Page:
7.30 n. m., 2.05 and 0.55 p.m. dally, ox
press; For Intermediate points between Batttmoro
and Philadelphia, 15.00 a. m, and 13.15
For Slngerly and Intermediate points, 14.30
For Baltimore, B.OO, ano, 0.40, 7.S0, 8.00.
0.50 n. m., 12.10, 2.DS, il.lS, (40-mInnta
train), 3.00, 4:30, "4.40. G.30, 5.55, 0.45.
7.30, 8.35 and 11.30. p. m. Sundays,
0.00. 7.30, 8.30, 0.50 a. m.,
3.30, 4.40, 5,30, 5.50, 0,45. 8.35 and 11.00
p. tn. '
For Annapolis, 0,40 nnd 8.30 a. tn., 12.10 and
4.30 p m. on Sundays, 8.30 a m, 4.40 p
m. LcHto Annapolis 0.40, 8.30 n m, 12.05, pa. Sundays, 8.30 am, 4.10
For Way Stations between Washington and
Baltimore, B.OO, 0.40, 8.00 a. tn., 12.10.
3.30, 4.40. 0.45 and 11.30 pm. On Sun
days, B.30 Xm, 1.30, 3.30, 4.10, 0.45 and
For stations on tho Metropolitan Branch,
t0.35nm, 8.40am, t4.4()p m, for prin
cipal stations only S1.10 pmand 15.30
p m. son Sundays stop at all stations:
For Galthcreburz nnd Intermediate points,
t.30 a tn. m.so p m. M.35. tll.20 rt ra.
For Boyd's and Intermediate stations, t7 p
. mlo,00pm. .
Charen. train leaves Washington on Sunday
only at 1.10 p. m., stopping at all sta
tions on Metropolitan Branch.
For Frederick, t3.40 am, t2.30p m, t5 30p
m, Sundays, 1.10 p.m.
For Haecrstown. t8.4() n m and ts.oo p m.
Trains arrive from Chicago dally 0.20 a m and
6,4ft pm; from Cincinnati anil St. iinls
daily 0.20 nm and 2.2.1 p ro; from Pitts
burg dally 7.00 a nvB.45 p m.
From l'hlladelnhla, Chester nnd Wilmington,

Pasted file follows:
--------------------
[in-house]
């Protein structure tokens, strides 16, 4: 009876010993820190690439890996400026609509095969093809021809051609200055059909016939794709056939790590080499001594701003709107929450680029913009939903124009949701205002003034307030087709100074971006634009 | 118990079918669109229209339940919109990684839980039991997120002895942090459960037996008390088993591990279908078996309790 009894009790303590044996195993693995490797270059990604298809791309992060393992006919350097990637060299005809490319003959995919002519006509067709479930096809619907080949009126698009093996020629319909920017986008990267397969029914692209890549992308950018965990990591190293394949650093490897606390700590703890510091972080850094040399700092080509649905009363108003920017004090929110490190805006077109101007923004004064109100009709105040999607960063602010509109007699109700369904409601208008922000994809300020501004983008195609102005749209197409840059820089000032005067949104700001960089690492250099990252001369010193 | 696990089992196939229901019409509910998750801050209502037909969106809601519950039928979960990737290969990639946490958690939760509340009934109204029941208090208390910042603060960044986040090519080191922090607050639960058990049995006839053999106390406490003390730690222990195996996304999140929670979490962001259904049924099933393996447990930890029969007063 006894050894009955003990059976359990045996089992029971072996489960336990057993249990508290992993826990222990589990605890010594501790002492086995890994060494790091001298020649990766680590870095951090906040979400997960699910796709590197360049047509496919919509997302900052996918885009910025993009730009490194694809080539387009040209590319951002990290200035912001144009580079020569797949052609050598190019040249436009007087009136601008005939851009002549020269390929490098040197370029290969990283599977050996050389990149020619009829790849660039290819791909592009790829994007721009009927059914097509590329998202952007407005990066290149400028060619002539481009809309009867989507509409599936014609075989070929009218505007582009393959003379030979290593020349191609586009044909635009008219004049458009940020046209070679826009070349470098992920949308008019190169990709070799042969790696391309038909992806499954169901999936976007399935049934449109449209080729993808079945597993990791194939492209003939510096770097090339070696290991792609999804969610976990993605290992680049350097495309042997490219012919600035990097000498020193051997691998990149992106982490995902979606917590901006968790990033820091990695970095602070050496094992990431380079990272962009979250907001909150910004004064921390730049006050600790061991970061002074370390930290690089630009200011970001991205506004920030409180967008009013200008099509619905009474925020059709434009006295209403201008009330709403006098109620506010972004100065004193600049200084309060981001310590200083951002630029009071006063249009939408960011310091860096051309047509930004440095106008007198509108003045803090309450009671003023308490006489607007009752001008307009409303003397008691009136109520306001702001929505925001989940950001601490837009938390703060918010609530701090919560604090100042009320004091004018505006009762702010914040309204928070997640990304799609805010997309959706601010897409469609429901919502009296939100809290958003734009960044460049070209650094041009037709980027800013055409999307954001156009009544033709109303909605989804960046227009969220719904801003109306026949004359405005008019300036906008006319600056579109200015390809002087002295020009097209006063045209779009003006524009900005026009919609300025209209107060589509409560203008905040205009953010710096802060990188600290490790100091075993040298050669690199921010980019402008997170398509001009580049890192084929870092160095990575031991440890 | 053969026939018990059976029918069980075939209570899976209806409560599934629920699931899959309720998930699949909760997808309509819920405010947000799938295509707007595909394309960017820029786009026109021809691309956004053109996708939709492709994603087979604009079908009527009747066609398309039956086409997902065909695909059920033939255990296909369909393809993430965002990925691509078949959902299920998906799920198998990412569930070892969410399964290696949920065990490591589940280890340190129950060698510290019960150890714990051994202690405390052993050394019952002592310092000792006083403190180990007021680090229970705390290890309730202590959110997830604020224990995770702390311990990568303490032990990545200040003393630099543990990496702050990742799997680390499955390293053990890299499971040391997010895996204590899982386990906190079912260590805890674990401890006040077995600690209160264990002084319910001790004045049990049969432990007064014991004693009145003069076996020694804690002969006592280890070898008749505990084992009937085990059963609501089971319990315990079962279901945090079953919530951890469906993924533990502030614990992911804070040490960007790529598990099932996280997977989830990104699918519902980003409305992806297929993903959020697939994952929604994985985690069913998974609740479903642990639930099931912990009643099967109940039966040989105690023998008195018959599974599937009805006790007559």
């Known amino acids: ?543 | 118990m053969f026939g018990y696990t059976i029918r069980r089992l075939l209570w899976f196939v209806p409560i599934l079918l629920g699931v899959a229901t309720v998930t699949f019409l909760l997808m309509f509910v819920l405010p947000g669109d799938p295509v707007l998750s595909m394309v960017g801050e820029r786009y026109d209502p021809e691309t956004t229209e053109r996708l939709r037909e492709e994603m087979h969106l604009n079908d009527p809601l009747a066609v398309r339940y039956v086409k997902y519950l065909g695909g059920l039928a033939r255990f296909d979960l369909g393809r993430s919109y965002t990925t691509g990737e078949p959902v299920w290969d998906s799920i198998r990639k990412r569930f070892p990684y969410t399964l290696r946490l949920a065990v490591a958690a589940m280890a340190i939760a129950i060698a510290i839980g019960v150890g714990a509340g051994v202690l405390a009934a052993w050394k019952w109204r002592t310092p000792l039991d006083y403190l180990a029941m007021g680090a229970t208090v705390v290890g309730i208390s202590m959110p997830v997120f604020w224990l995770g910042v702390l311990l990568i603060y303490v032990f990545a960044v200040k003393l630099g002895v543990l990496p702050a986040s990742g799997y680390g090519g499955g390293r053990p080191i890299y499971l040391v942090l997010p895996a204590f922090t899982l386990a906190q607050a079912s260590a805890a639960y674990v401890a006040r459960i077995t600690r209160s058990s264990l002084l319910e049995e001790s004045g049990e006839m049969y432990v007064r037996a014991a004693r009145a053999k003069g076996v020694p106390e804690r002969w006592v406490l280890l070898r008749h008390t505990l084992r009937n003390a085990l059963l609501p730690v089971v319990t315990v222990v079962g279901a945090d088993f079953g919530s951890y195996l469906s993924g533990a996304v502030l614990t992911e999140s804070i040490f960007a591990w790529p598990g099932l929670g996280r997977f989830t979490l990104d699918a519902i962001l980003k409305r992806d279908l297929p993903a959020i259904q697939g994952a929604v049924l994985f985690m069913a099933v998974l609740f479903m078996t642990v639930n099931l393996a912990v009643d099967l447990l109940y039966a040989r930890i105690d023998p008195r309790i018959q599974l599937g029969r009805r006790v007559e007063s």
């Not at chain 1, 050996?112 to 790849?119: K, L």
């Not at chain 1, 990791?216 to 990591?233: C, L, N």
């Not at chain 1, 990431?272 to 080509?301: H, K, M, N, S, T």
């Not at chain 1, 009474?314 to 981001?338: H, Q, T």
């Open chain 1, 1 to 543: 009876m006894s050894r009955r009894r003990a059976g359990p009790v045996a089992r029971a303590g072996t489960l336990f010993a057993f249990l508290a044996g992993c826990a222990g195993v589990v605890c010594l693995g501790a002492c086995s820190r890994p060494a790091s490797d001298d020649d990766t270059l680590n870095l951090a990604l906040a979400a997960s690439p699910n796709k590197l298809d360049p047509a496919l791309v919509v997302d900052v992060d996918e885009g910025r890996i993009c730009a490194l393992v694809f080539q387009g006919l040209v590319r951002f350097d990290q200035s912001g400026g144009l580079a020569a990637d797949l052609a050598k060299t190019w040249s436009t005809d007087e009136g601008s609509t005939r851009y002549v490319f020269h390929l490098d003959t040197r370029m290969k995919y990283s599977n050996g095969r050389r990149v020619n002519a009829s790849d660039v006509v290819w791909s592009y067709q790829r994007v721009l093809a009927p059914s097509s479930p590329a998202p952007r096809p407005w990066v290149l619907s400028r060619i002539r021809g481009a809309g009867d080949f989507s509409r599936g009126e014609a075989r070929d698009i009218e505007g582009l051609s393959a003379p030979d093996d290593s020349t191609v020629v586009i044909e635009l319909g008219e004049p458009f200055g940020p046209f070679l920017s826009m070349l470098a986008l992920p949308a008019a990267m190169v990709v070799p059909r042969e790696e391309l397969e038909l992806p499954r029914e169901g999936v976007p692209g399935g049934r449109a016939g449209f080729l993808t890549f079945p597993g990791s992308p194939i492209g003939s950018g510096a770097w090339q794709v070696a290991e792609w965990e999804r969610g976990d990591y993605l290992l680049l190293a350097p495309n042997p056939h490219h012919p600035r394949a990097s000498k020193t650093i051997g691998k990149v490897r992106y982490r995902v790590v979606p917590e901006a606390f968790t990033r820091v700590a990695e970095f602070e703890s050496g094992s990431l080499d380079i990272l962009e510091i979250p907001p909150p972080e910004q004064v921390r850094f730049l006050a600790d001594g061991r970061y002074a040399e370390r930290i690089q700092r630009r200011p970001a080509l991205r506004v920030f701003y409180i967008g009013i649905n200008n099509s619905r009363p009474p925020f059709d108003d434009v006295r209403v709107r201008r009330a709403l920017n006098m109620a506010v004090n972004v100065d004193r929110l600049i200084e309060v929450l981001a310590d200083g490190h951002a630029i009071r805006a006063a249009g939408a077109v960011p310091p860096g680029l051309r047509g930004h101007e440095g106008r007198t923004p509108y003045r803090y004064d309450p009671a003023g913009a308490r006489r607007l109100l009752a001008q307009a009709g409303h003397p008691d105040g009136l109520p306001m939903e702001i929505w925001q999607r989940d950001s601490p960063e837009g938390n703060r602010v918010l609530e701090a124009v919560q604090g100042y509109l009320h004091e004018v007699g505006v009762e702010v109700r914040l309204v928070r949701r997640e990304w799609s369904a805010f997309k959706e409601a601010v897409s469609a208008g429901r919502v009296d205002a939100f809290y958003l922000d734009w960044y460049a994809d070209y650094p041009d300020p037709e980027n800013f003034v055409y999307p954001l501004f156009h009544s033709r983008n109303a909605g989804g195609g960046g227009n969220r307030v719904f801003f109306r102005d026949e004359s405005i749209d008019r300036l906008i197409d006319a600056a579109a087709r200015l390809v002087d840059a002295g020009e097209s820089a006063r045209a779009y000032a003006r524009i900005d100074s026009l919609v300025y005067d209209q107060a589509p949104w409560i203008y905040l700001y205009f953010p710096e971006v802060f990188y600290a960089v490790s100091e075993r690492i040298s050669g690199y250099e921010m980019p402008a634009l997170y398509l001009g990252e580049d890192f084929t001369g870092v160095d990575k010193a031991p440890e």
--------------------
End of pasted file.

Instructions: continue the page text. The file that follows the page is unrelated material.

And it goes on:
10.40 a m, 2.20, 7.10 and 0:30 pm dally
and tl.BO p. m.
Fiom Slngerly and lntonnodlato points north
of Baltimore, 10 a. m. dally.
Trains leavo Baltimore for. Washington at
B.10. 0.2.1. 0.30, 7.20, O, 0.03. 10 a.ra;
12.15. 1.30, 3. 4.10. B. 0, 0.30, 7.30, 8.30
and 11 p. m. On Sundays, 0.30, 7.20,
0.05, 10 a. m.l 1.00, 1.30, 4.10, 0, 0.30,
A 7.30, 8.00 and 11 x. m.
tExccpt Sunday. 'Dally., Sunday, only,
Buggago called for nnd t-hcoked athotoli
and residences on orders lott attlokotofllcos,
010 and 1351 Pa.-avo.
Manager. Gen. Fuss. Agont.
PlodmoAt Air Lino.
8.20 a. m. -East Tennessee mall dally for
Warrenton, GordonsvUlo, Charlottesville,
Lynchburg and stations betweon Alexan
dra and Lynohburg, Bristol, Roanoko,
Knoxvllle, ltome, Calera, Montgomery and
New Orleans. Pullman Sleopor Washing
ton to Now Orleans.
11.21 a. m. Fast mall dally for Warren
ton, Charlottesville, GordonsvUlo, stations
Chesapeake and Ohio routo, Lynchburg,
Rocky Mount, Danvlllo nnd stations be
tween Lynchburg and Danvlllo, Groonv
boro, Raleigh, Charlotte, Columbia, Au
gusta, Atlanta, Birmingham. Montgomery,
Now Orleans, Texas and California. Pull